As a general standard, most people I know either live with less than 30 square meters per person, or they’re out in the countryside.
3. Making close Japanese friends is a struggle
Although precisely because it’s such a struggle, making foreign friends is surprisingly easy!
Most single Tokyoites are hard working, leading regimented lives where their main social activity is to go drinking with their colleagues or college friends.
Even among Tokyoites, it’s hard to make lasting friendships outside the workplace. After university, people rarely go out with the goal of meeting other people. The best way to make friends is to find common activities like team sports, or to become a regular at a bar and build up relationships over time. Another technique I recommend for those under 30 is to live for a while in a share house that has both foreign and Japanese residents. Some of the best Japanese friends I have were the ones I used to live with.
As I mentioned in my article on dating, a lot of Japanese people are very friendly to foreigners, but that friendliness rarely crosses the threshold into intimacy. I’ve had many instances of people coming to talk to me out of the blue to ask where I’m from or compliment me on my Japanese, but that’s where the curiosity stops.
According to friendship expert Shasta Nelson, you make friends by accumulating positive interactions and gradually increasing vulnerability over time. In Japan, vulnerability is the problem. People aren’t used to opening up to one another. They even have different terms to distinguish the face you present to people, known as tatemae (建前), and your actual thoughts, known as honne (本音).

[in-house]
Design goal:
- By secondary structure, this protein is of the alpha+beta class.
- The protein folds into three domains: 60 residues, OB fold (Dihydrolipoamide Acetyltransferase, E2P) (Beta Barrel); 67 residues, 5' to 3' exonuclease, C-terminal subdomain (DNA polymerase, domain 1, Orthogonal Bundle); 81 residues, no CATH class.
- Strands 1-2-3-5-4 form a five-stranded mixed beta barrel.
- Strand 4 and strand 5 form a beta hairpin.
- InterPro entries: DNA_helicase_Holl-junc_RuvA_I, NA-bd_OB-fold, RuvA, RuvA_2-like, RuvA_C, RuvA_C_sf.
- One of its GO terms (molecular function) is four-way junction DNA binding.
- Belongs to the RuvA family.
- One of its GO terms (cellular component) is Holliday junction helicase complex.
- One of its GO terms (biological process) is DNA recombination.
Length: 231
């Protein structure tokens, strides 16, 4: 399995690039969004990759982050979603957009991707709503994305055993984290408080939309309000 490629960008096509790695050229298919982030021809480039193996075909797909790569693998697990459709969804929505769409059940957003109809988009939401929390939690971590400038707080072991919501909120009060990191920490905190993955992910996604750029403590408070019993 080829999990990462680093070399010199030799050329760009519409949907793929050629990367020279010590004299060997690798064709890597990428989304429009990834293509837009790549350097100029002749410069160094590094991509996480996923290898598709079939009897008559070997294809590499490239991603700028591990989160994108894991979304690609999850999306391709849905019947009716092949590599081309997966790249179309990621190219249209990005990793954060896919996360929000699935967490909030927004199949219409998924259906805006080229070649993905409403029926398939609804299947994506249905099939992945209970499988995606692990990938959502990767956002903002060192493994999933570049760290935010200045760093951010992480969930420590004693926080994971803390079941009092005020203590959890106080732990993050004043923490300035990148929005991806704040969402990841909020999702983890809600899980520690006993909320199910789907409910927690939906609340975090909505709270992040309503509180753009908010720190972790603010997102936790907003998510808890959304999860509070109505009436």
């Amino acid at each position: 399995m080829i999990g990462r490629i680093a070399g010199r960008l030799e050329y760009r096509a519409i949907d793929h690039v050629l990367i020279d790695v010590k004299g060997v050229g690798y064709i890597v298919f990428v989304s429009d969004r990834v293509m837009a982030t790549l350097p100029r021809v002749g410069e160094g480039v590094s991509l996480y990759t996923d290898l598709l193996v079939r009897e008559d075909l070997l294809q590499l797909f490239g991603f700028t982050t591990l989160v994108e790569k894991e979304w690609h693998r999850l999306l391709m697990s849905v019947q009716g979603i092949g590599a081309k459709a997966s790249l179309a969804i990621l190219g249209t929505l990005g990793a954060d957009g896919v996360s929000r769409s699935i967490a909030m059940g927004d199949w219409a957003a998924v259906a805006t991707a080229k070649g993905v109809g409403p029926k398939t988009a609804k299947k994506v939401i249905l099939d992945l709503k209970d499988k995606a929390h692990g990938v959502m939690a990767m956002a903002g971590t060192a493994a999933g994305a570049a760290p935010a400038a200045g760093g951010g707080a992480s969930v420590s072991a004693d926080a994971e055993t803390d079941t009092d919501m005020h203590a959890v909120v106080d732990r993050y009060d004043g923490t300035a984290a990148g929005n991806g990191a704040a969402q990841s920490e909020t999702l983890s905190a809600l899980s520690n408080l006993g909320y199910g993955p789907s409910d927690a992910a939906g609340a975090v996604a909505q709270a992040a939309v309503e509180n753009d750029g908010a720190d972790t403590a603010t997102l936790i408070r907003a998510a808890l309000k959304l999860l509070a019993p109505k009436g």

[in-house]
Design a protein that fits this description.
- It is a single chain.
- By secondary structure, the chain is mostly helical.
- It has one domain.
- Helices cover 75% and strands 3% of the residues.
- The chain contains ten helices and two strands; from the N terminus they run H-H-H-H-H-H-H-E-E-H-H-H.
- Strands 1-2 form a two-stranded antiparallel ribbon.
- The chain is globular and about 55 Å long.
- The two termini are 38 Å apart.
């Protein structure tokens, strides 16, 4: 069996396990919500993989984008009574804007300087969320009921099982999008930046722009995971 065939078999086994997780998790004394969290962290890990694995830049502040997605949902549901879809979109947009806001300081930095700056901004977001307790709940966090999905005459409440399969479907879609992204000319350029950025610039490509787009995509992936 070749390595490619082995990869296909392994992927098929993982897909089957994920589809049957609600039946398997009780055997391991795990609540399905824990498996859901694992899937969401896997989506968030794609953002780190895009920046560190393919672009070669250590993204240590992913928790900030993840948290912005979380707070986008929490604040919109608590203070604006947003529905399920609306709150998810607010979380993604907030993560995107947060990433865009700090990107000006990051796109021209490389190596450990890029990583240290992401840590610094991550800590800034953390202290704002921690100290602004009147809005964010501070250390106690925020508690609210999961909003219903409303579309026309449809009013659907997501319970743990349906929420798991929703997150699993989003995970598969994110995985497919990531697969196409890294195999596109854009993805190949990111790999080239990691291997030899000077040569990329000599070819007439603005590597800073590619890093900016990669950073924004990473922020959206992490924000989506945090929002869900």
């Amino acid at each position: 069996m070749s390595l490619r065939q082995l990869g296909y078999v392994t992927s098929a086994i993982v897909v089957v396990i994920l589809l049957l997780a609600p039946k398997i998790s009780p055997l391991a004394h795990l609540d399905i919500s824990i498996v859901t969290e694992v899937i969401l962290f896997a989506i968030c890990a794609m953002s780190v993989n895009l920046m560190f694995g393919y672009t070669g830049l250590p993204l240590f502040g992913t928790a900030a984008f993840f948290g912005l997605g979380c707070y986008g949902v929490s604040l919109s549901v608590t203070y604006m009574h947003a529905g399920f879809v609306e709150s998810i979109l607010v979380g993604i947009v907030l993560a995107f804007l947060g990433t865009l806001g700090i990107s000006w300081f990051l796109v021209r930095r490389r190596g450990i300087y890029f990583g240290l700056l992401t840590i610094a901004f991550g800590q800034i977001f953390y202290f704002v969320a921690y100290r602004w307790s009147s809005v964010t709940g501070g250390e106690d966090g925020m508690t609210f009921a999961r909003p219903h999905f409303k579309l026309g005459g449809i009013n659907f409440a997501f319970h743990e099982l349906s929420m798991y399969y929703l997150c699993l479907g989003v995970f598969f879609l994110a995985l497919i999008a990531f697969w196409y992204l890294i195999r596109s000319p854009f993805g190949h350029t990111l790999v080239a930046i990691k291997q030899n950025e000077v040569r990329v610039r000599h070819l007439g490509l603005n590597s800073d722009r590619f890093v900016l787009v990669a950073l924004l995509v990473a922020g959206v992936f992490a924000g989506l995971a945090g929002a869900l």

The only way I’ve found to break the tatemae barrier is to experience intimate situations, like living together in a sharehouse, or going on a business trip to a foreign city together. Getting drunk can do the trick as well, but don’t underestimate the power of tatemae. If you can multiply those vulnerable situations, turn them into positive interactions, and experience them consistently over a long period of time, you may make some Japanese friends.
Just don’t expect instant honne.
4. Finding a decent job can crush your soul
The work situation in Tokyo is complicated. There are plenty of jobs to go around, but all jobs aren’t created equal. While many engineers can thrive making high salaries for big foreign tech companies, the job market for the rest of us is a tale of luck and sacrifice.
I once had the opportunity to interview a Japanese entrepreneur who specialized in bringing foreign talent to Japan. Given Japan’s aging population, there’s reason to believe the country will rely more heavily on foreign workers in the future. However, he made it very clear that those foreign workers would predominantly come from less wealthy countries.
According to him, if you’re like me and come from a place that has a higher average salary than Tokyo, you have to be obsessed with Japan to want to work here.
Most of my non-engineer foreign acquaintances have taken one of three career paths. The first is teaching English, which is so common that some Japanese people assume all white people in Japan are English teachers. The revenue can be pretty decent ($15-$20/hour), but it’s a grind.
I taught English while studying Japanese and it felt like working on a factory line. You teach eight to ten students a day in 40-minute shifts with a five-minute break in between. You get an hour-long lunch break. If there are no students to teach, you wait there, unpaid. The rooms are dreary and half the students are forced by their company to take lessons, so they clearly don’t want to be there. Most teachers are under-trained and the teaching material is standardized to tedium. A majority of English teachers quit after at most a few years, or find a way to go freelance.
The next path is the foreign company, known in Japan as gaishikei (外資系). They usually have good work conditions and benefits, as well as a decent pay. On the flip side, if your goal is to use Japanese, you’re in the wrong place. Also, when job hunting, you have to ask yourself what value you’re bringing to these companies. A lot of them will send in foreign staff from overseas, but only hire locals in Tokyo.